Income Taxes

In October 2016, the FASB issued ASU 2016-16, Accounting for Income Taxes: Intra-Entity Asset Transfers of Assets Other Than Inventory (Topic 740).  ASU 2016-16 amends accounting guidance for intra-entity transfers of assets other than inventory to require the recognition of taxes when the transfer occurs.  The amendment was effective for us September 30, 2018.  A modified retrospective approach

10


is required for transition to the new guidance, with a cumulative-effect adjustment consisting of the net impact from (1) the write-off of any unamortized expense previously deferred and (2) recognition of any previously unrecognized deferred tax assets, net of any valuation allowance.  The new guidance does not include any specific new disclosure requirements.  Adoption of this guidance in the first quarter of fiscal 2019 did not have an impact on the Company’s condensed consolidated financial statements.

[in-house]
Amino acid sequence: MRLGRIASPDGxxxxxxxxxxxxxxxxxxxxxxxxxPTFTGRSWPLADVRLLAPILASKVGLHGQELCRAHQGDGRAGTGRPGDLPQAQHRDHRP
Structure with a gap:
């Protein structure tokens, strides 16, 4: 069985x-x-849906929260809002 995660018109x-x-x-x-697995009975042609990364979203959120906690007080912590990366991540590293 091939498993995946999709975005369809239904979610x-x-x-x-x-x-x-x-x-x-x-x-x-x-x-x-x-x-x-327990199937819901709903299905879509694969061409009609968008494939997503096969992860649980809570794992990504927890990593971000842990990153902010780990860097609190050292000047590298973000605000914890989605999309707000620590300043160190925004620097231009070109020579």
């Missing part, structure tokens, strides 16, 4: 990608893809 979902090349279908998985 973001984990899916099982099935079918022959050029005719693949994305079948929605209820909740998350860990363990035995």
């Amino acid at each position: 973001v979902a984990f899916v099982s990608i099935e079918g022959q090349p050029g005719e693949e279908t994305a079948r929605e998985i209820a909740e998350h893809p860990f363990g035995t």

Financial Instruments

In January 2016, the FASB issued ASU No. 2016-01, Financial Instruments - Overall (Subtopic 825-10): Recognition and Measurement of Financial Assets and Financial Liabilities. The updated guidance enhances the reporting model for financial instruments, which includes amendments to address aspects of recognition, measurement, presentation and disclosure. The guidance requires equity investments, excluding equity method investments or investees that are consolidated, to be measured at fair value with changes in fair value recognized in net income and enhanced disclosures about those investments. The guidance also simplifies the impairment assessments of equity investments without readily determinable fair value. The Company adopted the ASU in the first quarter of fiscal 2019, and the adoption of the new guidance did not have a material impact on the Company’s condensed consolidated financial statements.
Accounting Standards Not Yet Adopted
Leases